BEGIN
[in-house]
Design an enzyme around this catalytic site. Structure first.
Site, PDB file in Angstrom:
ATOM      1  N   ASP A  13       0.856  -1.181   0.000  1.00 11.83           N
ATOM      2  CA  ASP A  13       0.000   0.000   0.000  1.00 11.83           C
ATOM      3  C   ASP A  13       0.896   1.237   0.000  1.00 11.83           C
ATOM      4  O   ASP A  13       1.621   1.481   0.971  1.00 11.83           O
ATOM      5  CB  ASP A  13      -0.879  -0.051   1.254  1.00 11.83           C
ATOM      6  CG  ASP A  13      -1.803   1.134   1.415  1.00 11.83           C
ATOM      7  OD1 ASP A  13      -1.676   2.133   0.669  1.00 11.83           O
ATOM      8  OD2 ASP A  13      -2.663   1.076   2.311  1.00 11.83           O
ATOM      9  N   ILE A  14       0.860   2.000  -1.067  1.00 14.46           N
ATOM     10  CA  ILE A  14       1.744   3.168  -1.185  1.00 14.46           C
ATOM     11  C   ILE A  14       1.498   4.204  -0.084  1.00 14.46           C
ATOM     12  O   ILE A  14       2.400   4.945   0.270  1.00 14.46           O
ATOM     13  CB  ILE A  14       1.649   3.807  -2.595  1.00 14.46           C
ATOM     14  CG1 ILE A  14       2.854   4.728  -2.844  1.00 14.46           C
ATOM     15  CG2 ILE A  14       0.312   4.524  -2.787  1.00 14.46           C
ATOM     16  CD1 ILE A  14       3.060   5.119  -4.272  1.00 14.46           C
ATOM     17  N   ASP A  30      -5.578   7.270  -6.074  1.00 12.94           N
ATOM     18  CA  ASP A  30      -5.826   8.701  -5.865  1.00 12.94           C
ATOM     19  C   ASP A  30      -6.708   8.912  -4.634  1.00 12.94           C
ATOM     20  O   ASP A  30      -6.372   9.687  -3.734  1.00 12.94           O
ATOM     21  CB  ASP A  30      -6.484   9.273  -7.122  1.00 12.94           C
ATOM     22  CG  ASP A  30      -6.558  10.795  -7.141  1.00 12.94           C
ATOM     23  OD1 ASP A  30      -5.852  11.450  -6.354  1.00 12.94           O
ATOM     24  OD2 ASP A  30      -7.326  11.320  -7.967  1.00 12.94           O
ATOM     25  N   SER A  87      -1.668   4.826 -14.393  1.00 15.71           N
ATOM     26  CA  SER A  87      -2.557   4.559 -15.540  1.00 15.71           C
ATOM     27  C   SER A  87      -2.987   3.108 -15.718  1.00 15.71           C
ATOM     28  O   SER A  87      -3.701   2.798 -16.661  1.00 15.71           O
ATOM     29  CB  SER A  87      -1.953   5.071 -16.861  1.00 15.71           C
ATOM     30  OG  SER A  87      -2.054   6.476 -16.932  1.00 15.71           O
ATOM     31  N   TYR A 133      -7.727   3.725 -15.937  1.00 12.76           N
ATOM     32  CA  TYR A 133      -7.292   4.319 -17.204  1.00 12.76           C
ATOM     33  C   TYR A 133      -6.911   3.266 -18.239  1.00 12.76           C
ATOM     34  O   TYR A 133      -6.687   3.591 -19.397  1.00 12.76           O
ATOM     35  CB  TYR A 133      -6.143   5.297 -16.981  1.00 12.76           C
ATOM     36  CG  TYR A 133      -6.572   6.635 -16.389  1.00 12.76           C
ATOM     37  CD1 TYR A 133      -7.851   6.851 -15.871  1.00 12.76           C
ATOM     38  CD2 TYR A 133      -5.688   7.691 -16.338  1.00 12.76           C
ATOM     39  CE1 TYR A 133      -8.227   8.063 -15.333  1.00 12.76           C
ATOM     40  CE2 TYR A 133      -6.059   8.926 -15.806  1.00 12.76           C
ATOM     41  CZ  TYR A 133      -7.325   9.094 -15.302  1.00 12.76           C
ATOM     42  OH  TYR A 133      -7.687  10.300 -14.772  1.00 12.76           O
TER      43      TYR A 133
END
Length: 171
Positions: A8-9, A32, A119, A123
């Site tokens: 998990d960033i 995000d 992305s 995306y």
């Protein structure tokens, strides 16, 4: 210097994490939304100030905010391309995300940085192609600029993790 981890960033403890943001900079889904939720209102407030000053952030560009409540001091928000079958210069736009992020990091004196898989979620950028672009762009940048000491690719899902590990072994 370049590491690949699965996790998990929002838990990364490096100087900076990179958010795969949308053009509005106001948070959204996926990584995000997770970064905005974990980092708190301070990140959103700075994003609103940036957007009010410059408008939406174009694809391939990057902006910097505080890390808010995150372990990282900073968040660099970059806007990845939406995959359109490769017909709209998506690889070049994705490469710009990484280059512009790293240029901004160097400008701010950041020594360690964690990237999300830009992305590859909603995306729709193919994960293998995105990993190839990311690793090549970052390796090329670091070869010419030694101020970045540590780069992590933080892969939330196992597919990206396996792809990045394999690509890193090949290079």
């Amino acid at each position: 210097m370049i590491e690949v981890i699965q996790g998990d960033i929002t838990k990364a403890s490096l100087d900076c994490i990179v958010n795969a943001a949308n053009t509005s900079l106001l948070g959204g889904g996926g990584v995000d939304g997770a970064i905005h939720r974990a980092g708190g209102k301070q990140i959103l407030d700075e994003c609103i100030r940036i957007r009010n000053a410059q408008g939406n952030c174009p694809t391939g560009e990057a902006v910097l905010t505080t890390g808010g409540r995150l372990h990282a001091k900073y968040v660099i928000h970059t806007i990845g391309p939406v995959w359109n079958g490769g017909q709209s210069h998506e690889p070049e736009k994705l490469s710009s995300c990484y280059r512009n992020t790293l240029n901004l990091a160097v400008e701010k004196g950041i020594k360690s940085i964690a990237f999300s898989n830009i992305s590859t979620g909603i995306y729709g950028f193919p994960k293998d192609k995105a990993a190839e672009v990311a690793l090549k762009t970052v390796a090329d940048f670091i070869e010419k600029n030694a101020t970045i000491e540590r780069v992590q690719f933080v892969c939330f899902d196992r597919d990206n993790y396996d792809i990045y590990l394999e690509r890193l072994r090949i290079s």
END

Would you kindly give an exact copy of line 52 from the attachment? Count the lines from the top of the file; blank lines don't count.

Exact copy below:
């Amino acid at each position: 210097m370049i590491e690949v981890i699965q996790g998990d960033i929002t838990k990364a403890s490096l100087d900076c994490i990179v958010n795969a943001a949308n053009t509005s900079l106001l948070g959204g889904g996926g990584v995000d939304g997770a970064i905005h939720r974990a980092g708190g209102k301070q990140i959103l407030d700075e994003c609103i100030r940036i957007r009010n000053a410059q408008g939406n952030c174009p694809t391939g560009e990057a902006v910097l905010t505080t890390g808010g409540r995150l372990h990282a001091k900073y968040v660099i928000h970059t806007i990845g391309p939406v995959w359109n079958g490769g017909q709209s210069h998506e690889p070049e736009k994705l490469s710009s995300c990484y280059r512009n992020t790293l240029n901004l990091a160097v400008e701010k004196g950041i020594k360690s940085i964690a990237f999300s898989n830009i992305s590859t979620g909603i995306y729709g950028f193919p994960k293998d192609k995105a990993a190839e672009v990311a690793l090549k762009t970052v390796a090329d940048f670091i070869e010419k600029n030694a101020t970045i000491e540590r780069v992590q690719f933080v892969c939330f899902d196992r597919d990206n993790y396996d792809i990045y590990l394999e690509r890193l072994r090949i290079s």